The German announcement is mainly motivated by domestic politics, but also by tactical deployment considerations with respect to Afghanistan. Domestically, this is because the governing coalition wants to avoid having the Afghanistan mission become an issue in the upcoming electoral campaign. (However, this is very unlikely. There is an almost all-party coalition backing the mission, although with more and more MPs dissenting. The Left party, the only one not part of the consensus, had already been unable to trigger a real debate of the issue during the previous campaign on its own.)
In Afghanistan, Germany tries to repeat its ‘first come, first served’ attitude that was already successfully used when ISAF was extended beyond Kabul for the first time in late 2003. Then, Germany grabbed Kunduz as the position for its Provincial Reconstruction Team, the first one under ISAF and not OEF. Kunduz then was considered to be part of the ‘calm’ north of Afghanistan and is logistically comfortably placed just at the border with Central Asia, not far from its main logistics hub in the Uzbek border town of Termez. The German PRT was ridiculed as the ‘Kunduz Spa’ (Bad Kunduz, in German) as well as by ‘dry’ allies angered (and maybe also jealous) about the ‘two beer can rule’, the amount each German soldier was entitled to daily.
This location was also tailored to avoid losses, which is, of course, legitimate. 52 German soldiers have been killed in Afghanistan since the mission started, and, for the first time in 2012, there were no Germans killed during a year, wrongly hailed by some MPs and high-ranking brass as a sign of an improving security situation and even a ‘turnaround’ in the Afghan north. (The German government had to admit earlier this year that its optimistic picture of the situation needs to be corrected because security incidents have been underreported by 10 per cent for the years 2010 to 2012 due to inconsistent Afghan government reporting. Read more about this here, in German.)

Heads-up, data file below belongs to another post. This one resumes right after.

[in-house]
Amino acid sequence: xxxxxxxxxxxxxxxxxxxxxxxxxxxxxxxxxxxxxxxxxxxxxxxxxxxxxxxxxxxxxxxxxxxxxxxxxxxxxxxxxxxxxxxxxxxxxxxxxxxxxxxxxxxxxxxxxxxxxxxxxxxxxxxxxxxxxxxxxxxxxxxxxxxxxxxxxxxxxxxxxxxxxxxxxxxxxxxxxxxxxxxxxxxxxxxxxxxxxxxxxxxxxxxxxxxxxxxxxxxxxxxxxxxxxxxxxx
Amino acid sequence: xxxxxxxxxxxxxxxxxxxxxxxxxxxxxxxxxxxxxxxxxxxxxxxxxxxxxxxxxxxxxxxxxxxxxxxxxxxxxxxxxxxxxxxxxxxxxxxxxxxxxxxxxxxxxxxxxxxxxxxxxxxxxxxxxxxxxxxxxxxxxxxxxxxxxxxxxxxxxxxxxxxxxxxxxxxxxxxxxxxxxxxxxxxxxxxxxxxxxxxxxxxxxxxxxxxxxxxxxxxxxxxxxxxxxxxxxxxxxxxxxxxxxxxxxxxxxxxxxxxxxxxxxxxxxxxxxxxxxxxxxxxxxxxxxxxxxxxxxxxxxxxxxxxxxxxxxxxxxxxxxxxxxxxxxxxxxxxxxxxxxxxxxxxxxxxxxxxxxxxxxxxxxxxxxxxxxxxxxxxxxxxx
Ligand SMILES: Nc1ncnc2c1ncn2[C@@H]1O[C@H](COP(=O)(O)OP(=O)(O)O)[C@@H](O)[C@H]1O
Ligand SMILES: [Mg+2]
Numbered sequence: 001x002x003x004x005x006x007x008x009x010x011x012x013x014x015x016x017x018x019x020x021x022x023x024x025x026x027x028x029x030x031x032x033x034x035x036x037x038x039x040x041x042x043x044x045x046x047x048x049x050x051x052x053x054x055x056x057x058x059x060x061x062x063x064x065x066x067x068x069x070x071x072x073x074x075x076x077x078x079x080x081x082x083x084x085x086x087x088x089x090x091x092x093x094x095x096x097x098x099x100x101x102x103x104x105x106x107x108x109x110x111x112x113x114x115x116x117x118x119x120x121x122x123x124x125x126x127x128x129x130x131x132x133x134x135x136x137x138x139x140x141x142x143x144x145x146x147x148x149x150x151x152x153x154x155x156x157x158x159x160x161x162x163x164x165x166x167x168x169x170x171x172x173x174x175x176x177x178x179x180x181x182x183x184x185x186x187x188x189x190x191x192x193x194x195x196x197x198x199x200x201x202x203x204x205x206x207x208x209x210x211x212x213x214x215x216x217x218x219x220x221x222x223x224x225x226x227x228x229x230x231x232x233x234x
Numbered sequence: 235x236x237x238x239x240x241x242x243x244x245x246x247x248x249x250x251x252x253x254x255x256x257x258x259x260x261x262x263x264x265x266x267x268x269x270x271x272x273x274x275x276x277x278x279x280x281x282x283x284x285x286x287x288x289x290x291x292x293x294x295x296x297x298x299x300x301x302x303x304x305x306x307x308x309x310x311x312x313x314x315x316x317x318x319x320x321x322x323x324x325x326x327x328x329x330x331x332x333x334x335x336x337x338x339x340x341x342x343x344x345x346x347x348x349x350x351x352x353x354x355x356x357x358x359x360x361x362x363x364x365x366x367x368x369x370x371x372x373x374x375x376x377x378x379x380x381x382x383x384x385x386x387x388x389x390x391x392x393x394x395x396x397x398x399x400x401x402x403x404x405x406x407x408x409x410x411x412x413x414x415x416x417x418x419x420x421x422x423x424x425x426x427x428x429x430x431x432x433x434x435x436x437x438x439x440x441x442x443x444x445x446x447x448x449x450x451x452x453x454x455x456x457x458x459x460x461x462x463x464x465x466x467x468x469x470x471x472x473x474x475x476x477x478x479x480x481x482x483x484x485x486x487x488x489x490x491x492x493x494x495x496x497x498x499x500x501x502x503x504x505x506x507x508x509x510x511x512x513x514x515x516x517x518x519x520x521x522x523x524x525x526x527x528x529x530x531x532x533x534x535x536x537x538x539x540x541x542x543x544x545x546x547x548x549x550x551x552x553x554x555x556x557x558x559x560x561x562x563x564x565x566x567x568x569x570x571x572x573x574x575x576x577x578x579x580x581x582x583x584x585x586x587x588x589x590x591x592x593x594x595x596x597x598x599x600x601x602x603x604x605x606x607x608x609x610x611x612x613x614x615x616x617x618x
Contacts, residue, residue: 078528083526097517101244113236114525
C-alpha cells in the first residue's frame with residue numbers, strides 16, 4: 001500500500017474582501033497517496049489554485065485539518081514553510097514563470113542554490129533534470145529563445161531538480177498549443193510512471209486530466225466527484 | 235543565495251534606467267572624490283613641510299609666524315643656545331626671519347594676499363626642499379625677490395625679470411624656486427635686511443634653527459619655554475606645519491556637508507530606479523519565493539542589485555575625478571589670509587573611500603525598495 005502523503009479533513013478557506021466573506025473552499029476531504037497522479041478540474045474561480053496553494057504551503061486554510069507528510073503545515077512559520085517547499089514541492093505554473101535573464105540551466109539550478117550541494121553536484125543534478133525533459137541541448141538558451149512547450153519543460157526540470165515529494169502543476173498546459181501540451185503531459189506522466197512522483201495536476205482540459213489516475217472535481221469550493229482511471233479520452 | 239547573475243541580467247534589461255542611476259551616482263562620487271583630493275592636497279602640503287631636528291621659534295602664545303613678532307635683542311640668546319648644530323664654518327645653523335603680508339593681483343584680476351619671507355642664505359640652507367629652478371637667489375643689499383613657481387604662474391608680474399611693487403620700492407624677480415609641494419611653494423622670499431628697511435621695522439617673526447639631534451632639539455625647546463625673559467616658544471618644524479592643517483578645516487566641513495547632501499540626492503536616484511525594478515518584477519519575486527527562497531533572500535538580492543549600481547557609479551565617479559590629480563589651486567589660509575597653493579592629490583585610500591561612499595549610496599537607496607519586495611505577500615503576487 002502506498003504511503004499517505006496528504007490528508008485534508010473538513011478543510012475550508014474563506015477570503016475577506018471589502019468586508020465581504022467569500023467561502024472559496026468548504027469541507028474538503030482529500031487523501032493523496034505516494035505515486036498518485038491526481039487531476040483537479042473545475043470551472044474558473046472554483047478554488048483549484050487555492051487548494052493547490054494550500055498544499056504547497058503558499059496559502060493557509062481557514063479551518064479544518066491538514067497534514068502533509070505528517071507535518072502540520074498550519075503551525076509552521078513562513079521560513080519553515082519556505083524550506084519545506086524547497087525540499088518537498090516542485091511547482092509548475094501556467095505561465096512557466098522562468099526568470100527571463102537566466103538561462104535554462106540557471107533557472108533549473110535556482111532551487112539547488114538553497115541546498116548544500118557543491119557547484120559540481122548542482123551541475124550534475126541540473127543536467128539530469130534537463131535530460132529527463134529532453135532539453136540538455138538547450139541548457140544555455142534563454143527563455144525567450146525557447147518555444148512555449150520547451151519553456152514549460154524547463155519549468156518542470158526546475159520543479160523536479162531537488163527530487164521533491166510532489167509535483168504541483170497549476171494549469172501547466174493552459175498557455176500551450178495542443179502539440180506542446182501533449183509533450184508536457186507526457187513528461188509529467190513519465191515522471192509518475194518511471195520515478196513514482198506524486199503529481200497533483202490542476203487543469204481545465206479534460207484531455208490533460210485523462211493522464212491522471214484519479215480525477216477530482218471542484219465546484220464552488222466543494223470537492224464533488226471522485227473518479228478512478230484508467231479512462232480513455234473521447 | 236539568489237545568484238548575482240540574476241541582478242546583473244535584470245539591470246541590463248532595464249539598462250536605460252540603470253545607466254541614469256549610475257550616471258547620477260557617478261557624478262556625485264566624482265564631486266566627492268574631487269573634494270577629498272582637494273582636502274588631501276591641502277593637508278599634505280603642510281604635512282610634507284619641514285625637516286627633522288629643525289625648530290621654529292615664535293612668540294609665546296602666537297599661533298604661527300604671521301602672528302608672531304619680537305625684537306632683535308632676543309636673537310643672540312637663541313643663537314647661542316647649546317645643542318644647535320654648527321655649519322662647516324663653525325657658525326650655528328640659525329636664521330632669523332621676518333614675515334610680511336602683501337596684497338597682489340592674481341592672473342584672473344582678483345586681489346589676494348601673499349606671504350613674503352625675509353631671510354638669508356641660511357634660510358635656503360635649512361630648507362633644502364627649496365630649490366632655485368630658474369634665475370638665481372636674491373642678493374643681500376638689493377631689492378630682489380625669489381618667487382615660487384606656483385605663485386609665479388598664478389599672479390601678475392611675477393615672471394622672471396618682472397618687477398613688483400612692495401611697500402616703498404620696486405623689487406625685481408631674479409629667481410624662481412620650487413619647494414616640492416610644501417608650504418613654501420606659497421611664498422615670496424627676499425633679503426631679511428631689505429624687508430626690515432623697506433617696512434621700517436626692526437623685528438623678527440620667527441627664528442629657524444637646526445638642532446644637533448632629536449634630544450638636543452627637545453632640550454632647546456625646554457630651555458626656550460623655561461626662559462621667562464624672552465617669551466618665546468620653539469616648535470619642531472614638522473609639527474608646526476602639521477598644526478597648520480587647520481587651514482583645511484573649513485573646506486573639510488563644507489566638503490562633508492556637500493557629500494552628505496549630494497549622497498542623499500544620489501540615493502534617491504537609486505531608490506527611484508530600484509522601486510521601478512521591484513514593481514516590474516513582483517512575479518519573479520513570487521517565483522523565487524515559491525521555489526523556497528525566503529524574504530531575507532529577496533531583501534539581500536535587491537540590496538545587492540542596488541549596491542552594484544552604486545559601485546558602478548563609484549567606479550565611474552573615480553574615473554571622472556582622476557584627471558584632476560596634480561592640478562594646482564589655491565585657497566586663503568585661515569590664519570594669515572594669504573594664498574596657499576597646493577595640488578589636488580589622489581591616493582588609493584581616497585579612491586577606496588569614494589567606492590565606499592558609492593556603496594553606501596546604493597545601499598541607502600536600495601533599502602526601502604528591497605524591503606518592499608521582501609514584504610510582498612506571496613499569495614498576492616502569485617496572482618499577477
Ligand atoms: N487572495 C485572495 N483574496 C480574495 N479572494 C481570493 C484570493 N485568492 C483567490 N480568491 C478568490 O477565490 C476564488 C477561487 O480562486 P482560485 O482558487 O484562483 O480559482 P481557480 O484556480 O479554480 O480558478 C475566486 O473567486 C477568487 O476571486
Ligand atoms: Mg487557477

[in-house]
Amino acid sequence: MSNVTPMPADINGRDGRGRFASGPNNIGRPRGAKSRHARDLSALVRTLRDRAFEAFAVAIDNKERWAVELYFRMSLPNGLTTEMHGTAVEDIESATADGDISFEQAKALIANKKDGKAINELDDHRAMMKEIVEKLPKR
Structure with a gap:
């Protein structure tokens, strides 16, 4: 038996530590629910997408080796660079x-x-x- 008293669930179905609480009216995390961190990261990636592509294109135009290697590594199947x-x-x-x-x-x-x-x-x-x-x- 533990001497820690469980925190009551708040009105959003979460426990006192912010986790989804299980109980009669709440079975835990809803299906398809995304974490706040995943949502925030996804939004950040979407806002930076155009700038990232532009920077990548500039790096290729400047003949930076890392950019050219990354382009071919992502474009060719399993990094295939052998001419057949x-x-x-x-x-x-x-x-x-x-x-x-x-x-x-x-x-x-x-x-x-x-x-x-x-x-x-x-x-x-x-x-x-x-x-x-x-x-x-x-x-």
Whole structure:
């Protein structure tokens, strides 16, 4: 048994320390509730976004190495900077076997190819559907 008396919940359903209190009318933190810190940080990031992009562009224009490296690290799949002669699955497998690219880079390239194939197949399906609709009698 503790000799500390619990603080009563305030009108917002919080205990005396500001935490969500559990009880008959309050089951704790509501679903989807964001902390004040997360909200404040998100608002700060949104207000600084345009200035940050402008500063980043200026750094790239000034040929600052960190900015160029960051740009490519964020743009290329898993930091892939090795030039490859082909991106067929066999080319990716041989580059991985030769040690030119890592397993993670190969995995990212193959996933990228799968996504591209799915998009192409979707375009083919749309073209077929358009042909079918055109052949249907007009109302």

On the other hand, it looks as if Germany wants to have its allies doing the more difficult jobs again. At the press conference, de Maizière also stated that the German contribution offer was dependent on whether ‘our allies take responsibility in the South, East and West spokes and provide sufficient forces’ for those more volatile regions. In the end, he does not seem to be too convinced about his own assessment at the beginning of the same statement on Thursday – that the ANSF ‘will be able to do it’ at the end of 2014. So, the Ostseezeitung, a small local newspaper is probably closer to the truth when it commented that the German government was ‘securing for itself a tactical advantage for the negotiations about how troop contingents would really look in the end’ – than the influential magazine Der Spiegel (link above) that found de Maizière’s announcement simply ‘courageous’.
The actual scandal about the way the German government chose to present its announcement is that it again focussed on the military part of the mission and on troop numbers exclusively. The Defence Minister spoke first, and the Foreign Minister did not contribute more than verbiage about how ‘we will stand by the Afghans’. (The TV channel broadcasting the event live cut him off before he even started to speak; many German media outlets, too, are only interested in ‘our’ soldiers when it comes to Afghanistan.) The latter said nothing concrete about what Germany will do politically after 2014 – for example, what Germany could contribute so that an atmosphere is created for meaningful peace talks that are genuinely inclusive and go beyond the ubiquitous talks about talks with the Taleban, which were stalled in 2012 – another lost year –, have not resumed so far and are very unlike to lead to a broadly acceptable outcome before 2014 anyway.
The Development Minister – whose ministry is supposed to be a pillar of the country’s post-2014 engagement (Germany has promised to keep aid at the current level) – was even not present. And no word was said about possible police training. This seems to be off the table. Even before the wave of green-on-blue killings, German federated states (the ‘Länder’) had great difficulties finding a sufficient number of volunteers.
(1) An audio file of the press conference can be found on this blog (in German).
This article was last updated on 9 Mar 2020